They sat across from each other at their little round kitchen table, wrinkled fingers curled around the stems of near-empty wine glasses, when she said she thought she'd overstayed her welcome in life.
Her hand fisted around her glass so tight her veins swelled even more. His hand curved in a gnarled C, thumb resting against his glass stem's base. But she smiled a little when she spoke, and he smiled a little back, shook his head, and said no, she hadn't—he hadn't either. And there was the problem: Life still wanted them to stay a while, and they only wanted to stay long enough to polish off this last bottle of Merlot.
They'd only drunk down to the top of the label so far, a late bland dinner half an hour behind them: steamed vegetables, boiled chicken, and the pills from the Thursday sections of their trays. Doctors and warning labels strongly discouraged them from drinking any kind of alcohol with their medicine, but she poured them each another glass, and he pressed his between both quivering palms to take a sip.
She asked him if he wanted to go for a drive later; they used to do that all the time, heading nowhere in particular, but lately they'd had a special one in mind. He said he'd like that. Their doctors told them they really shouldn't drive anymore, with his arthritis building a stiff nest of pain in his hands, with her eyesight blurring away.
They'd carried out this conversation over many nights, in many pieces, as the heaviest discussions should be held: not just with words but with looks and silences and little acts of rebellion. With their glasses clinking together in a question—are you with me?—and the answer one long drink, both of them at the same time—yes.
The bottle of wine, half-full, became an hourglass, its time pouring down their throats at whatever speed they chose, though it couldn't ever be turned over again. After she topped off their glasses, it was a quarter to label's bottom. They talked about the past. He remembered bringing egg salad sandwiches to work every day, how hard it was to build skyscrapers floor by floor but also how he could twist in his harness to see the whole beautiful city when he needed a break from bolts and beams. She remembered filling her free time with painting and dancing, knitting and writing, bird-watching and piano-playing, all her little hobbies that never grew into more—but she wouldn't have loved them so much if they had. They talked about when the children were still children: Kenneth giving them such an easy time that they weren't prepared for Anthony, oh no they weren't, and Rhonda turning out with a little of both brothers in her—sometimes Kenneth-calm, sometimes Anthony-wild, and always Rhonda-spunky.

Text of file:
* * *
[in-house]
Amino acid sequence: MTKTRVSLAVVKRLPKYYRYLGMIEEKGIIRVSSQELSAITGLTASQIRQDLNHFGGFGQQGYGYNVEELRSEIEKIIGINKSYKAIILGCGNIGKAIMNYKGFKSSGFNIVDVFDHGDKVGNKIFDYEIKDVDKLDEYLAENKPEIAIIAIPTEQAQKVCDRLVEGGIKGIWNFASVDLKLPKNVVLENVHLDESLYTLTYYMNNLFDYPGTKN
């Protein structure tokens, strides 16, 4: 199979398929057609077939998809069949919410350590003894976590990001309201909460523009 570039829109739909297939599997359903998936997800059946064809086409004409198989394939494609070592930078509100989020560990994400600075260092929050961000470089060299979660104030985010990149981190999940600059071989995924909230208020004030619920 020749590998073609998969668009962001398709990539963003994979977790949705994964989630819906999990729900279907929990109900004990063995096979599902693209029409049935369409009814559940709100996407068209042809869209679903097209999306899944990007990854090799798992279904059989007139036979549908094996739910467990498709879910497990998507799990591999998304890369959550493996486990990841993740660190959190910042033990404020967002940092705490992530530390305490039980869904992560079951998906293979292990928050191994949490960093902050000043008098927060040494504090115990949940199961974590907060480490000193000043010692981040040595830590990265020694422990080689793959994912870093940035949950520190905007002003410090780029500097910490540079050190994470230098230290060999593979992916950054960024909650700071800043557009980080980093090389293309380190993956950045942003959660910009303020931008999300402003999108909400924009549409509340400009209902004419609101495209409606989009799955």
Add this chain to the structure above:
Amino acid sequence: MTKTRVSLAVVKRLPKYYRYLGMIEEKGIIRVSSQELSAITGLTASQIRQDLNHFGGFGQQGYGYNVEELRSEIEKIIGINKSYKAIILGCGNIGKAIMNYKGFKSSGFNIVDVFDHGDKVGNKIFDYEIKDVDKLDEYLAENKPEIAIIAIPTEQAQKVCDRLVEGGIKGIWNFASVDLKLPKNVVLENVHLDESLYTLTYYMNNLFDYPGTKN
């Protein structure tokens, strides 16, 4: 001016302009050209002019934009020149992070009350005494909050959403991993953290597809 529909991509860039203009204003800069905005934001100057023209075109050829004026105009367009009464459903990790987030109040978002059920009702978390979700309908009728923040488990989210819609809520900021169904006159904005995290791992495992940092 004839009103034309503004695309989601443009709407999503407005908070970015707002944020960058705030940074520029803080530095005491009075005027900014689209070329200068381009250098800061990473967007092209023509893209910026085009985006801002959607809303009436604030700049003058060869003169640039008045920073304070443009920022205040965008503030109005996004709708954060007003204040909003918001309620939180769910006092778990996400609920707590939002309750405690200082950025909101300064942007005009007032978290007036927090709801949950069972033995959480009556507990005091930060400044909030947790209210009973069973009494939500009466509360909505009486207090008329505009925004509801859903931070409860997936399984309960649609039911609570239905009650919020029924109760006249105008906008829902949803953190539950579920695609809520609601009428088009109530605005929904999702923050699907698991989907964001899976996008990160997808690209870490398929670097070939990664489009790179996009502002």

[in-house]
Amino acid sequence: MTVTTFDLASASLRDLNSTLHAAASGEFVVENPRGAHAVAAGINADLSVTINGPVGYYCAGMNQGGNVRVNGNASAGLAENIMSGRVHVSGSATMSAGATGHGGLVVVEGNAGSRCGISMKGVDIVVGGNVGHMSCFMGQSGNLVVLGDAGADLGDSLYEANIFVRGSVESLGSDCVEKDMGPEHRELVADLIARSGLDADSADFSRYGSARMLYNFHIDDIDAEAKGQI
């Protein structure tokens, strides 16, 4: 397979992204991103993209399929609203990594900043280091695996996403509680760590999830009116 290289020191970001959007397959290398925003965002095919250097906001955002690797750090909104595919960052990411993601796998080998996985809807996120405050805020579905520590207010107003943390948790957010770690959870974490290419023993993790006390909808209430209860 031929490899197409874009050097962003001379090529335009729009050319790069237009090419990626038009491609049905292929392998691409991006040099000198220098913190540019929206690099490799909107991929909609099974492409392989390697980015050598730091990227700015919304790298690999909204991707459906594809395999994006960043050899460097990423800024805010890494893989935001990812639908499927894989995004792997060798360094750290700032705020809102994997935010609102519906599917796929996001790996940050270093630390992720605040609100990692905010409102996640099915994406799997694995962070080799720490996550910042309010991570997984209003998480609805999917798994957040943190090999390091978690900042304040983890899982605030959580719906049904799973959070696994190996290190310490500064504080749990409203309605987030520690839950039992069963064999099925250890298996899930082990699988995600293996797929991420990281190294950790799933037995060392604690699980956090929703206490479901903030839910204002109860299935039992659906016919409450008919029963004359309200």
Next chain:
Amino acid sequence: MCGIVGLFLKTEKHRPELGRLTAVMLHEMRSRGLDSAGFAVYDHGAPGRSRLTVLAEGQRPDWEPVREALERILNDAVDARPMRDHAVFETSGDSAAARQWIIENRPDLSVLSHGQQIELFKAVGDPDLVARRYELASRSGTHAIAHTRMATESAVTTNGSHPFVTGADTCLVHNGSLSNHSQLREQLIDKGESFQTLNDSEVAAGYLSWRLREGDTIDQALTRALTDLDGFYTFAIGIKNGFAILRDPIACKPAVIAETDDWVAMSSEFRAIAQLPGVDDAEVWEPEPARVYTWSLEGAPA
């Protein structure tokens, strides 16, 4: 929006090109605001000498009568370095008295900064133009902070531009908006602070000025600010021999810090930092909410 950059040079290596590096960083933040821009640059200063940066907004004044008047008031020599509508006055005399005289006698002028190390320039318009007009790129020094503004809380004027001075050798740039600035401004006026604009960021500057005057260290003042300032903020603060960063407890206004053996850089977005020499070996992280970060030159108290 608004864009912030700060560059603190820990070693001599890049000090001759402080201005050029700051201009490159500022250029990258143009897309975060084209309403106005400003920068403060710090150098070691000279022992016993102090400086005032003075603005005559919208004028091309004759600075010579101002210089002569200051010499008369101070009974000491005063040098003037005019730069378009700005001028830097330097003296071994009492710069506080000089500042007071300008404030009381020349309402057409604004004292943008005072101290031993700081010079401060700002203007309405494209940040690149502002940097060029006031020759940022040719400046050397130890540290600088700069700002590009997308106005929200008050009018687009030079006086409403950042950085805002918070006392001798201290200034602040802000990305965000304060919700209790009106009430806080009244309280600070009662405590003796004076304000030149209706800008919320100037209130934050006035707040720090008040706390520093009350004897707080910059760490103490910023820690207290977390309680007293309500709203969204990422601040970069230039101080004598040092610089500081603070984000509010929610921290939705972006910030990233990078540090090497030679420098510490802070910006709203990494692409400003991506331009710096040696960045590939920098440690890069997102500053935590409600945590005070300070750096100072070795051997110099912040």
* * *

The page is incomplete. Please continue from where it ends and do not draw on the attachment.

At twenty past label's bottom, he asked her, what would their children think? They'd feel sad, they'd regret things, they'd get angry. They would definitely be shocked. She agreed they'd be all those things, but they would also be all right. And then she finished half a glass in one go and brushed the corner of her eye with her fingertips and asked him please, please not to bring up the children again, or the grandchildren, or their great granddaughter. This night belonged to the two of them and the two of them alone.
At ten to the bottom of the bottle they started to talk about the present: all these doctors and pills and aches, and poor eyesight, forgetfulness, sitting around. Retirement just didn't suit them. They should have kept working and working, they joked. So his body became too stiff for big building construction? Work on cracked and potholed pavement, then just hold the STOP and SLOW sign, then think up skyscraper designs to be made real by others. So she couldn't read her high school students' tiny handwriting? Descend through grades at the pace of her vision's deterioration, all the way down to kindergarten where the letters filled three lines. But instead they'd quit, and their jobless days hardly seemed worth discussing, so they spent several minutes sipping in silence, smiling over how sad and silly the present seemed.